The Importance of Choosing Your Values and Why You Often Feel Stuck

Existence precedes essence, and proceeds from it.

Choosing one’s own way is the only conceivable purpose of being. Yet, through cultural, parental, and even peer expectations, we’re often thwarted. I often ask my patients to tell me about their values, exploring what’s important to them in the contexts of their personal and professional lives. I also ask about their partners’ values, inquiring about how well their values align with their own. Most of the time, my clients are surprised and somewhat shocked when they realize that they’ve never explored their values with anyone else, especially their spouses. And, most importantly, and even more disturbing is their discovery of having never felt that anyone was curious about their hopes and dreams.

So, many of us get stuck – stuck in our relationships, chronically arguing about what ought to be prioritized; and, stuck internally, wondering which sets of goals to pursue. The existentialists will tell you: Alteratives exclude. In choosing one thing, we forgo another. It’s obvious and simple. But, we still fail to choose. Many of my clients struggle with meaning and status, pleasure and discipline, sacrifice and acquisition. And the most unhappy ones tell me stories about parents who pushed them into some lucrative field or another, believing they knew what was best for them.

Philosopher Valerie Tiberius maintains that we have hidden goals, or unconscious motives in psychoanalytic parlance. They tend to be programs instilled in us in childhood. So, when I don’t allow myself to take a break, there’s a shaming voice steering me back into autopilot. Even though others sometimes tell me that I seem unhappy, I just keep carrying on. There’s always so much to do. Our parents, in helping us survive, send us the message that survival is paramount, implying that happiness is a mere byproduct of making it to another day.

In her book What Do You Want Out of Life?, Valerie wrote, “For someone like me, who is naturally inclined to care too much about what others think, there’s a real risk of looking for approval in all the wrong places. When I was in college, I dated someone who was particularly skilled at making me think that his interests were my interests. The wake-up call for me was seeing a movie together and finding myself unable to tell if I liked it or not until I heard what he thought about it.” At an early age, we learn that our opinions matter less than those of our purported superiors. Too few of my patients ask, “What do I like?” Ultimately, they resist the question because they fear the answers. Damned if you do; damned if you don’t. I feel ashamed of myself for not doing more of what I love. I feel ashamed of myself for being lazy when I do. I feel ashamed of myself for being ungrateful for my innate gifts. I feel ashamed for not helping more people with them. I feel ashamed for hating my self-imposed expectations. I feel ashamed for wanting to exceed them. I feel ashamed for caring too much about what people think. And I feel ashamed for bucking social norms.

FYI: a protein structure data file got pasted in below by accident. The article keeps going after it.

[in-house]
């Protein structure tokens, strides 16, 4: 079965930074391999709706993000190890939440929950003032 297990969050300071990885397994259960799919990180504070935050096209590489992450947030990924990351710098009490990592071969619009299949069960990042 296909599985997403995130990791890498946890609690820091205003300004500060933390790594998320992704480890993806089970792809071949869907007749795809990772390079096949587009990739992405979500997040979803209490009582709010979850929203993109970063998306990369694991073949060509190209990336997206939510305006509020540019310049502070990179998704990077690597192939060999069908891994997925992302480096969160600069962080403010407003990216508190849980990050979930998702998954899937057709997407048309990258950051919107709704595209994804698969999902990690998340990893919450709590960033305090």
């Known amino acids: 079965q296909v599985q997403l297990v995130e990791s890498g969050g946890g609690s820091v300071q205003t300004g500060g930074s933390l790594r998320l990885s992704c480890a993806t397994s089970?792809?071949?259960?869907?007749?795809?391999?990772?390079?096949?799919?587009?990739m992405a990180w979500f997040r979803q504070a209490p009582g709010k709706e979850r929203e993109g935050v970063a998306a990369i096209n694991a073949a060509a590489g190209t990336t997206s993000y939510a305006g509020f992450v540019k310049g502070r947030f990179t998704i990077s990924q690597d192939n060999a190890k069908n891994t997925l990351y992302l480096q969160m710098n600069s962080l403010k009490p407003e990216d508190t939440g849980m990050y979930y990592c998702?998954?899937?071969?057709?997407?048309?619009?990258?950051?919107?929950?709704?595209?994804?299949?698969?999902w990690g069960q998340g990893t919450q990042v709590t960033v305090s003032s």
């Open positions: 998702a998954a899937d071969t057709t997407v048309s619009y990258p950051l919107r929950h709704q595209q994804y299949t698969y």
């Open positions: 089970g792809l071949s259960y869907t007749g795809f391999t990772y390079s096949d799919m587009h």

My value system feels like a complete mess.

Freud wrote, “The freeing of an individual, as he grows up, from the authority of his parents is one of the most necessary though one of the most painful results brought about by the course of his development.” And mental health is characterized by a more or less stable sense of who you are, an individual capable of choosing, reaffirming, and acting on her values. Children yearn for external approval, but adults acknowledge dignity as the bedrock of well-being. And social status is no more than an exaggerated, but ironically less significant, replica of parental approval. Based on mistruths, hidden realities, and unsustainable efforts, it’s a mere platonic shadow of self-respect. (Few of us would be able to feel good about ourselves if we operated how the wealthy do.) Life may or may not reward us. It may not care that we’re mere mortals, trying to be good. But, in the end, sanity is its own reward. Enlightenment isn’t wisdom; it’s the feeling of lightness. Or so they say.

Check out our episode with Valerie below:

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